"The only impact is that because Natco and Zydus (which is a member of the IPA) took a license from Gilead, the withdrawal of their oppositions is akin to a settlement agreement. The other impact is there will be two less generic companies that can now supply non-licensed territories because of the restrictive nature of the licenses. So by taking the licenses it reduces the competition in the non-licensed territories which is Gilead's intention," he said.

It may be noted that the Patent Office has rejected an application (no. 6087/DELNP/2005) related to the same drug, which was on the base compound or metabolite that is inactive in itself and is only activated in the prodrug form, earlier this year. This decision was reversed by the High Court after Gilead petitioned for a re-examination of the matter, and the application for the base compound, thus, is still under examination. The application for the prodrug is different from the base compound/metabolite, though it is as important as the 6087 application because the prodrug covers sofosbuvir in its marketed form and what makes the base compound active in the body, he said.

The license agreements do not help to reduce the prices of the drug for two reasons, he said, since the licenses restrict where licensed Indian companies can buy their raw material from, to make the drug and this causes the prices of the final product to be higher than need be. For example if licensed Indian companies could buy the raw material from China (which the agreements do not allow because Gilead want to control and keep the price of raw material high), the prices would come down even further and the licenses restrict which countries the licensed Indian companies can sell to.

He added that approximately 12-18 million people in India are infected with HIV. "We understand the generic versions of sofosbuvir are in the region of $900-$1000 currently for a full 3 month treatment, but may be slightly less for community procurements in the northeast region of India. It is believed that with the right economies of scale the drug can be produced and sold for around $200-$300. We believe this price needs to be attained to really make it accessible and affordable for all."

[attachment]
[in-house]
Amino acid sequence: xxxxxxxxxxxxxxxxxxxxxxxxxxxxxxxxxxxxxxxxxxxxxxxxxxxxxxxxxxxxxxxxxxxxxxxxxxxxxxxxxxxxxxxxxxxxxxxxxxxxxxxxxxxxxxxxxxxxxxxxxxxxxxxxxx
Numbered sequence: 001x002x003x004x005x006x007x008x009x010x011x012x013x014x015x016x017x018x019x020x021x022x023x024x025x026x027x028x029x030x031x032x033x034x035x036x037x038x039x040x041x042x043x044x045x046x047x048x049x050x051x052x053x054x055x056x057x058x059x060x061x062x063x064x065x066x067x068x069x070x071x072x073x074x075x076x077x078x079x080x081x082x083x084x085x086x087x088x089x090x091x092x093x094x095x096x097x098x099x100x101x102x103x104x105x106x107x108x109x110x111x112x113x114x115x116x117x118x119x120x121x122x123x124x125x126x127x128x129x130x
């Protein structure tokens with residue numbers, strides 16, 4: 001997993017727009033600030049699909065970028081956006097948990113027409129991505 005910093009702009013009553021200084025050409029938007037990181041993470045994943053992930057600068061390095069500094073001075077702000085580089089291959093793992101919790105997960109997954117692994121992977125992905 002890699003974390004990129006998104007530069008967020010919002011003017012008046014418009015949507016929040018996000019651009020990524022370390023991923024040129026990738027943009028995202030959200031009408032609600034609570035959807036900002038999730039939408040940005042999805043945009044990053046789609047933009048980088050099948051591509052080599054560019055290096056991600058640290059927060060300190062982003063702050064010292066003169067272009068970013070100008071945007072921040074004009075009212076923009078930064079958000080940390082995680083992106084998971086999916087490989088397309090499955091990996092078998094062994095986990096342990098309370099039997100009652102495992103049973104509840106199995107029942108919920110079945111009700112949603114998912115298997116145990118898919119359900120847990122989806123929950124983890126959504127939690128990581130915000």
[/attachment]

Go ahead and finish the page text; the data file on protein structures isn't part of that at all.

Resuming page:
According to a list of prices compiled by a website managed by Asia Pacific Network of People Living with HIV (APN+), market price for a bottle of 28 sofosbuvir pills in India ranges from $161 by Emcure Pharmaceuticals Ltd to $258 by Natco and Zydus Heptiza, as on September 10, 2015.

The massive licensing agreements between Gilead and the Indian generic players have its significance in the field of patent litigations in India, said a patent expert.

"The move shows that the ultimate interest of the patient groups and the generic firms, though they have overlapped till now in fighting for the goal of affordable availability of medicines, are different. This also shows that the larger generic players are expanding their focus to a larger geographic area. One hopes that now the smaller companies take on the onus of challenging patents and going for making drugs more affordable," said Swaraj Paul Barooah, editor-in-chief of intellectual property blog SpicyIP and visiting faculty at Nalsar University of Law, Hyderabad.

He added that one of the conditions in these originator-generic pharma agreements is that the generic manufacturer has to adhere to anti diversion measures, where it has to provide the patient information to the originator. One should look at how this would impact on the right of the patient for privacy, especially in disease like Hepatitis C and HIV, he said.

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First Published: Mon, September 14 2015. 00:23 IST